[6 November 2008]
Once upon a time, like any other band, U2 were young and hungry. Before the massive stage shows, the Fly persona, and meetings with world leaders, Bono and company were touring America, growing their fan base with electric live shows. Years before they started dressing like dust bowl farmers for The Joshua Tree, they were actually seeing America, unlike many of their overseas peers who refused to commit to the slog of a US tour.
Even before they exhibited a talent for reinvention, they obviously knew how to seize a moment. Case in point: their June 5, 1983 performance at Colorado’s open-air Red Rocks Amphitheatre. It was a performance that many bands, in the face of torrential downpours, would have cancelled before it even started (the show’s promoter was all for killing the show, but was stuck on a plane while that decision was made). Instead, U2 booked a rain-check show in Boulder for the next evening (for the fans who didn’t want to brave the elements at Red Rocks), and proceeded with the Red Rocks show as planned. A rabid crowd (which filled only about half the venue) witnessed a Red Rocks show which became not only a watershed moment in U2’s career, but also a piece of rock history.
Nestled into a natural stone formation in Red Rocks Park, the amphitheatre is a stunning sight even when empty. But on the night of U2’s performance, as rain gave way to a mist that seemed like it was trucked in from an Irish heath, and as darkness fell, the venue certainly didn’t feel like the American Southwest. It’s rare that a band can totally transform a scene—especially one with a stage show that boasts charisma as its only special effect—but it’s not hyperbole to say that U2 put on a dominating, flawless-despite-mistakes performance. This is the one that put U2 on the map.
It didn’t hurt that MTV latched onto the band’s Red Rocks clips. Apart from the occasional professionally shot video (such as the loose rebels-in-the-snow narrative of “New Year’s Day”), many fans’ first glimpse of U2 was the sight of Bono, with his breath pluming in the cold air, erecting a white flag at the lip of the Red Rocks stage and exhorting the crowd to yell, “No More!”. Before he claimed the Live Aid stage as his own before an international audience, Bono’s charisma was on full display in the Red Rocks videos, even if his stage mannerisms still needed some work.
Geographically/historically clueless American teens, many of whom had no idea what “Sunday, Bloody Sunday” was about (I even had a friend sniff, “Why don’t you just listen to ‘Sabbath, Bloody Sabbath’? It’s the same thing.”), but knew that it was different, and powerful, and cool. Even though it covers only their first three albums, Live at Red Rocks remains U2’s definitive live statement.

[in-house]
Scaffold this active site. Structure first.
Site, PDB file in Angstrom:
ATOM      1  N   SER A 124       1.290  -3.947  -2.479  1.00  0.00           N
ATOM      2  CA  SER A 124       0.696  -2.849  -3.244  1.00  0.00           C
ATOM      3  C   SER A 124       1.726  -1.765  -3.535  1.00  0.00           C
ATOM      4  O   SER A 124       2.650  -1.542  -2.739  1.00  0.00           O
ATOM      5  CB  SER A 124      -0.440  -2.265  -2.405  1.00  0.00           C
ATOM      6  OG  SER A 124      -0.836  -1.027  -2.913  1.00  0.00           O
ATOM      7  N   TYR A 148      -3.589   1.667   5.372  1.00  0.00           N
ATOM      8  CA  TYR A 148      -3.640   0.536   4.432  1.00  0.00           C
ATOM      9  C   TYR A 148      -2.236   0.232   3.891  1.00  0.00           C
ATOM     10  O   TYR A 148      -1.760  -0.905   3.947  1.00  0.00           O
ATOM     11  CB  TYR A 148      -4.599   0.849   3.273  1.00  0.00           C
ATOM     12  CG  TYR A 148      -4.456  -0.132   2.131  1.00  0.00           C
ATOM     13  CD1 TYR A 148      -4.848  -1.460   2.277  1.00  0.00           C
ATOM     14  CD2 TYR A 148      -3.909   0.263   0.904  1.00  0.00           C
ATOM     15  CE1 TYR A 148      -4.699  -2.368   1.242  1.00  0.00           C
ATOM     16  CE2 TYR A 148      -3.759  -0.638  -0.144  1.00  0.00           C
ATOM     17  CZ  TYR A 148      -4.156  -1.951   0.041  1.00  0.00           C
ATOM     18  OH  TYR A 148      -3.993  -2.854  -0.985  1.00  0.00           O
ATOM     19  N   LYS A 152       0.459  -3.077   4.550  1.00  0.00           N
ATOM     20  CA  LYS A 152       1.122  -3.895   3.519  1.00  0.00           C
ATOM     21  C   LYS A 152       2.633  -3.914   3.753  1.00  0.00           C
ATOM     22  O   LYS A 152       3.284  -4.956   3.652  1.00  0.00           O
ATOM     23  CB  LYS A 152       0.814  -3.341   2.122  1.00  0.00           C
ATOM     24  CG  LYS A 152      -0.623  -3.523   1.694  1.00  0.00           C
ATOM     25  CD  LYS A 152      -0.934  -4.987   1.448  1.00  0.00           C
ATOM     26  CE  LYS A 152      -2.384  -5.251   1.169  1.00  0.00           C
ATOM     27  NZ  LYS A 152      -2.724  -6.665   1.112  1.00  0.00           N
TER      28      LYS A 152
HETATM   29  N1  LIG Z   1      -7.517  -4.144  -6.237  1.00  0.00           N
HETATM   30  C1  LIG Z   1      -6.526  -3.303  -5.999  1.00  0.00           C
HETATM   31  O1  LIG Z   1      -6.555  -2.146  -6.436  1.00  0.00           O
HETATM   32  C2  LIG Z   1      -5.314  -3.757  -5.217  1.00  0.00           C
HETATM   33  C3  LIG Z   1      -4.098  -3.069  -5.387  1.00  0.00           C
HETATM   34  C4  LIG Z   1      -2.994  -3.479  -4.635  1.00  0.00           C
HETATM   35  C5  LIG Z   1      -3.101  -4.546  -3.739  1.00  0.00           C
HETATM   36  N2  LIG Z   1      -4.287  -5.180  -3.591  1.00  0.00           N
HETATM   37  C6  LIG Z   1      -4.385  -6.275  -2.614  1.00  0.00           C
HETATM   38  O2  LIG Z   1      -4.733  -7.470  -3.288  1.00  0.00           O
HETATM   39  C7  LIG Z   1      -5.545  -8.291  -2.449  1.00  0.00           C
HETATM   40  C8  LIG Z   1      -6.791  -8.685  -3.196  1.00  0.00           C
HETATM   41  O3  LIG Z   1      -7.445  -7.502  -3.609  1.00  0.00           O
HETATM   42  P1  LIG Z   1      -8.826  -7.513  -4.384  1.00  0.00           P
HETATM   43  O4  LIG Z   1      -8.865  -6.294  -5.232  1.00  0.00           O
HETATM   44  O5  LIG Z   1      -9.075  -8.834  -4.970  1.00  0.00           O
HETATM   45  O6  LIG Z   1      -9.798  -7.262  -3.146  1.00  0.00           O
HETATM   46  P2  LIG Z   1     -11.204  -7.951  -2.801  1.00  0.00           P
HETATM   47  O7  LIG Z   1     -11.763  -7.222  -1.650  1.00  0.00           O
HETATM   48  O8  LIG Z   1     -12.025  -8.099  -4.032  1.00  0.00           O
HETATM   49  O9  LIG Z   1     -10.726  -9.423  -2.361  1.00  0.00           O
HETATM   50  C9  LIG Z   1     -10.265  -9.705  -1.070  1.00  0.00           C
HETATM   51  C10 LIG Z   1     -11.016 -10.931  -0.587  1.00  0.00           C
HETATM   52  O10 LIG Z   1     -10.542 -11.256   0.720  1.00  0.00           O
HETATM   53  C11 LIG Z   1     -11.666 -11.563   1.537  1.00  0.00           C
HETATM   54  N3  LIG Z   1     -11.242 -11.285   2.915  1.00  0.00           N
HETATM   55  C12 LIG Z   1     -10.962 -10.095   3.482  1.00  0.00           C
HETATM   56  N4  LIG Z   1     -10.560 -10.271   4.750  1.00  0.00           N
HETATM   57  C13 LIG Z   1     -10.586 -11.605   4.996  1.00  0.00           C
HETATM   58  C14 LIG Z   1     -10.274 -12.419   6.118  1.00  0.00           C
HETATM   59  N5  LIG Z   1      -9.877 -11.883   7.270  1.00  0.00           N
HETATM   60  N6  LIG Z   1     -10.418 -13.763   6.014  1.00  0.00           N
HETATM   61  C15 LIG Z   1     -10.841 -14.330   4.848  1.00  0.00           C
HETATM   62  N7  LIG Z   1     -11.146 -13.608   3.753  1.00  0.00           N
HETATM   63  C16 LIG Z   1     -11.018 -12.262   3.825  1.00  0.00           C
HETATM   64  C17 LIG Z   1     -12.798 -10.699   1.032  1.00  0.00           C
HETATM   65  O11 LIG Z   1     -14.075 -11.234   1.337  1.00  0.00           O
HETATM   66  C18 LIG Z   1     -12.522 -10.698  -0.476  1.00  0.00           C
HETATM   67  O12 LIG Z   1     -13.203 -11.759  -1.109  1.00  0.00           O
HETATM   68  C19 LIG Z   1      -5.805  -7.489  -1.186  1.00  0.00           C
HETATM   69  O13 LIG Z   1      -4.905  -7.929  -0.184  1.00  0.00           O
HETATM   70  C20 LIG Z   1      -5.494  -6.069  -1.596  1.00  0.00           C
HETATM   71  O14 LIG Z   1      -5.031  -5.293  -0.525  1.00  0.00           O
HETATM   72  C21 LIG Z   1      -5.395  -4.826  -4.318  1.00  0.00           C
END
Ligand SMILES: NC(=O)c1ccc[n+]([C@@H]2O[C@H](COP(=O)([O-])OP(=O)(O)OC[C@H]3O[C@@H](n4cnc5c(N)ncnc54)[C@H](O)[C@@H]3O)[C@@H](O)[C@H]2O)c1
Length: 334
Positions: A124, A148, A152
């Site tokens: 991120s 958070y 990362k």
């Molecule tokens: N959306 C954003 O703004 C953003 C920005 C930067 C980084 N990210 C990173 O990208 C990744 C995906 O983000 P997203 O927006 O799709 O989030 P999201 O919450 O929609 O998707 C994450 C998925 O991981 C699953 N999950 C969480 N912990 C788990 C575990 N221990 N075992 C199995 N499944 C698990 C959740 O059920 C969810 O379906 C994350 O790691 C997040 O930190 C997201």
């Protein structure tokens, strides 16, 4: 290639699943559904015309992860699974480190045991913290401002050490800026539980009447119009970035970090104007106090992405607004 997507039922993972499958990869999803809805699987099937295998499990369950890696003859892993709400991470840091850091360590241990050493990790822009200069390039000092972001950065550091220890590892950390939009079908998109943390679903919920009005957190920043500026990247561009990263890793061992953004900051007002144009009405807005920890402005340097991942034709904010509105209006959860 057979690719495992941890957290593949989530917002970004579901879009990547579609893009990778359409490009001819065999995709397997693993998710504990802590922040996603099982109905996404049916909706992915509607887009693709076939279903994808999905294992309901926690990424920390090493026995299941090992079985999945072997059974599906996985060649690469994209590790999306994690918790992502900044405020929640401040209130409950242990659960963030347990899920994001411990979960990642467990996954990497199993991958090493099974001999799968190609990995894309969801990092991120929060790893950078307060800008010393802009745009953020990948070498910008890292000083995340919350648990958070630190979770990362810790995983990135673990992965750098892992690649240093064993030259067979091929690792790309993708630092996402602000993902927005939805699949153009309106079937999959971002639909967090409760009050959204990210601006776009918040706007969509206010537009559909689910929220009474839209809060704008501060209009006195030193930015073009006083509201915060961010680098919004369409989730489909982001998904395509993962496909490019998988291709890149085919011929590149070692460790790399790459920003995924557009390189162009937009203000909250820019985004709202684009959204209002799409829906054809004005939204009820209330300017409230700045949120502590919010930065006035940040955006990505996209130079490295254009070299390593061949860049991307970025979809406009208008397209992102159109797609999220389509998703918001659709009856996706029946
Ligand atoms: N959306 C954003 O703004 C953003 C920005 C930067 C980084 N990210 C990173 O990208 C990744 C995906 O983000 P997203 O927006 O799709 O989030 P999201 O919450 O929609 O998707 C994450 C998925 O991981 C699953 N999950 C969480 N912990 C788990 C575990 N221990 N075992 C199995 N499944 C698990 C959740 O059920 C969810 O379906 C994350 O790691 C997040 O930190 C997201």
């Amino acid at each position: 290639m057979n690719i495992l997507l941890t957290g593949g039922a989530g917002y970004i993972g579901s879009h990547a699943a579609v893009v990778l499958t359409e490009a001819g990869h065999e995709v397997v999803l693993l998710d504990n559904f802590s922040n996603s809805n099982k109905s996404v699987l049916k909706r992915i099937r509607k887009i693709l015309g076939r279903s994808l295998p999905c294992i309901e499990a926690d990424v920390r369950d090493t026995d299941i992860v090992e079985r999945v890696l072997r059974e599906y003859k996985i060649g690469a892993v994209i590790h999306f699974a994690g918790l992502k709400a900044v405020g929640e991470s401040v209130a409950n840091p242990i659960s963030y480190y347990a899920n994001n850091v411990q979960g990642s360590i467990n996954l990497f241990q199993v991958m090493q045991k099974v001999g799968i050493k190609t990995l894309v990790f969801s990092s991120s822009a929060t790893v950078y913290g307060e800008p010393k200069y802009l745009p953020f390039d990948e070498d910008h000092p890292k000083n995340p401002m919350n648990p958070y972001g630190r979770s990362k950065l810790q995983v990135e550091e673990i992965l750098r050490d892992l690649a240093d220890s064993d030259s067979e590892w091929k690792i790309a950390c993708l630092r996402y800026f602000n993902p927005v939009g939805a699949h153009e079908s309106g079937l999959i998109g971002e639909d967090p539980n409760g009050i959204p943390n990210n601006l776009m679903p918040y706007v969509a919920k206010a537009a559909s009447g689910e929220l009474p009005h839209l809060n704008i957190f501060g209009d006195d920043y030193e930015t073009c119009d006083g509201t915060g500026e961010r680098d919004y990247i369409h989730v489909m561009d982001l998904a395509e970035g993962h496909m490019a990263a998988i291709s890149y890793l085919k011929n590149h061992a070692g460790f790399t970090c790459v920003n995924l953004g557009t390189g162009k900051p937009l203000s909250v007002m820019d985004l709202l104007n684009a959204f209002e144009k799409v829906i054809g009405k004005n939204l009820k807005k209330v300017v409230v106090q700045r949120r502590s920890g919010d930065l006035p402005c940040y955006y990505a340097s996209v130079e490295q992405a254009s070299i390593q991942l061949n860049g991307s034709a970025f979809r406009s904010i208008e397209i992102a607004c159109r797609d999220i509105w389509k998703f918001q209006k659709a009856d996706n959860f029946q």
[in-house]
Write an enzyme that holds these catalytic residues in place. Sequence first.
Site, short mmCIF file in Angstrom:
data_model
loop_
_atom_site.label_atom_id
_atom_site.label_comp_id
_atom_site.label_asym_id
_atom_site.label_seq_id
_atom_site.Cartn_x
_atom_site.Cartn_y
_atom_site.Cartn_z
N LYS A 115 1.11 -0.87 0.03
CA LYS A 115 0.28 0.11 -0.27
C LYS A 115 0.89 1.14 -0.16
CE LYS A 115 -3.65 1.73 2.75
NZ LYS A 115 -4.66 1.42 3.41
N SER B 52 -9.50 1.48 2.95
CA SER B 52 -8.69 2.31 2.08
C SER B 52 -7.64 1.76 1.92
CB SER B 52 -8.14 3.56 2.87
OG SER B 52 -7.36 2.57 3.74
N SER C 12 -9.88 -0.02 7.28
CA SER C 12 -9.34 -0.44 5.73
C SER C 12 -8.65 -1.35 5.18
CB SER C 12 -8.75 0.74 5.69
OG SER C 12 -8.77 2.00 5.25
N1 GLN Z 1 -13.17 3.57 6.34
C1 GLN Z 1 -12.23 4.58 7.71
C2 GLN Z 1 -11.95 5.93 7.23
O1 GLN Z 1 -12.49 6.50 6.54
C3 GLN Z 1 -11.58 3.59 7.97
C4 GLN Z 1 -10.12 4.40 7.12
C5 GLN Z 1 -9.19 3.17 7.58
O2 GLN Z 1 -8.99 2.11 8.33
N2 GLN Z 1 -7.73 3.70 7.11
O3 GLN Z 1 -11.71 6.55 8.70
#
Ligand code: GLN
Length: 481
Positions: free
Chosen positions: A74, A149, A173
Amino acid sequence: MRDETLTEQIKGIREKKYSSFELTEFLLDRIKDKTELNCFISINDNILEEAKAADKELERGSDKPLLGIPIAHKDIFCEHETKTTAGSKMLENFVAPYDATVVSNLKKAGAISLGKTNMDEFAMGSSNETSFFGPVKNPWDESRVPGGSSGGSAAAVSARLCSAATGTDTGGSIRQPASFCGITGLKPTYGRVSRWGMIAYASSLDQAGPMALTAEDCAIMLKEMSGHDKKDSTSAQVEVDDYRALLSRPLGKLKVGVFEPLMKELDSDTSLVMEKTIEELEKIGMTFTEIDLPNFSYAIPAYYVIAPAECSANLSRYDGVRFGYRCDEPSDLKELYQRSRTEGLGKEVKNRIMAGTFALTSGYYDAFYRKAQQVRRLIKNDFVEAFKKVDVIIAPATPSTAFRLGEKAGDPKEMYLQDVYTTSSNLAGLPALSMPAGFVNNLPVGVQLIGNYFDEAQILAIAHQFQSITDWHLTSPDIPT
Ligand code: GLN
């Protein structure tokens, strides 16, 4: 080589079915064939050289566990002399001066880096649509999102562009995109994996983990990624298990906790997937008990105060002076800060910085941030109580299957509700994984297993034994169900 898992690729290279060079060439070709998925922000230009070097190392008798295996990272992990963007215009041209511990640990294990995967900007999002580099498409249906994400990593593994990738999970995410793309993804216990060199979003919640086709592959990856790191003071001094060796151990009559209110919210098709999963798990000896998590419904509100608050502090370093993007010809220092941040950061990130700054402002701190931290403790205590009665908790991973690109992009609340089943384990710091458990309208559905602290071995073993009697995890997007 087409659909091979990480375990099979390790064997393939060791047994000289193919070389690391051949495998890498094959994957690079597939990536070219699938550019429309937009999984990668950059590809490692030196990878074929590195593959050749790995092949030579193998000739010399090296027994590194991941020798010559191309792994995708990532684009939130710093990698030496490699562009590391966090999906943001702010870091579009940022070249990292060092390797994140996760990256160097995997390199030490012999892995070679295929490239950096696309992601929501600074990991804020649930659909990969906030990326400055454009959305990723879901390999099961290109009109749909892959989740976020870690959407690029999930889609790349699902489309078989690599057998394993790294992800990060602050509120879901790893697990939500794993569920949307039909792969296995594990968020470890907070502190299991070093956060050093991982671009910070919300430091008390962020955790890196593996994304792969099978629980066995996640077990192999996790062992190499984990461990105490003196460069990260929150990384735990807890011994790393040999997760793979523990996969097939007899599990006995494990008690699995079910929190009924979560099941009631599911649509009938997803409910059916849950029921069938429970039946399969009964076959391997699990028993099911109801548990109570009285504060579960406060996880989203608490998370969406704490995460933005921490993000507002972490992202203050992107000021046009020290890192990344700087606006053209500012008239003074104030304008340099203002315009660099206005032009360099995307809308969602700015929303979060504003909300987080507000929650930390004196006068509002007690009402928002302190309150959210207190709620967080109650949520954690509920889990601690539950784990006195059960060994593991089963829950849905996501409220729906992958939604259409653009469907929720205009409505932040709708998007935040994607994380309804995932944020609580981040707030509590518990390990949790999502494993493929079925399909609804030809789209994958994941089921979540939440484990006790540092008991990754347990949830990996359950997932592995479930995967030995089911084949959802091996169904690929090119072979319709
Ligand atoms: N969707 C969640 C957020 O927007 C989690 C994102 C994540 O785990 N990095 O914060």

Available for years on VHS, the performance finally makes its way to DVD. Adding five songs, it’s the complete show—for the most part. Anthony De Curtis’ informative liner notes reveal that “I Fall Down”, for example, suffered from a camera malfunction—it’s the only song missing.
What will be more irritating to diehard fans, though, is the loss of two moments from the show: the “Let’s Twist Again” snippet in “Two Hearts Beat as One” and the “Send in the Clowns” portion of “The Electric Co.”. To be honest, Bono’s inclusion of “Let’s Twist Again” hardly elevated “Two Hearts Beat as One” to special heights. In the case of “The Electric Co.”, however, we’re left with a long stretch of footage that shows the band playing with Bono nowhere to be seen (or heard). In the cut footage, he’s on the lip of a side stage, flag in his hands, silhouetted against the twilight as he sings to the crowd. Presumably, licensing issues kept that footage from being used, which is a shame.
What’s included, though, is top-notch, even if the footage’s roots in video rather than film stock occasionally rears its head. The band’s performance doesn’t flag for a moment, with many renditions easily outshining their studio counterparts. The band’s performance of “Sunday Bloody Sunday” even benefits from the happy coincidence of being played just as night falls and as large braziers of flame alight at the top of the Red Rocks structure. At that moment, the band could be playing in the middle of an apocalyptic landscape, or war-torn streets. It’s a perfect marriage of subject matter and visuals.
The performance comes as a standalone DVD, or as a companion to the Deluxe Edition of the band’s live EP from the same time, Under a Blood Red Sky, with no real bonus features to speak of. It’s a shame that Under a Blood Red Sky didn’t get the same expanded treatment as Live at Red Rocks. Despite the fact that the EP is actually culled from several different performances (with only two songs coming from the Red Rocks performance), it’s always been considered a companion volume to Live at Red Rocks.
Live at Red Rocks is a vital, live document on its own merits, and on the merits of the performance it captures. But it also acts as a something of an antidote to the band’s irony- and persona-dominated later work, where flashes of U2’s old fire sometimes seem like calculated, halfhearted sops to fans. It’s useful to remember that, once upon a time, U2 were hungry and young, and they earned their status as one of the world’s biggest and best bands.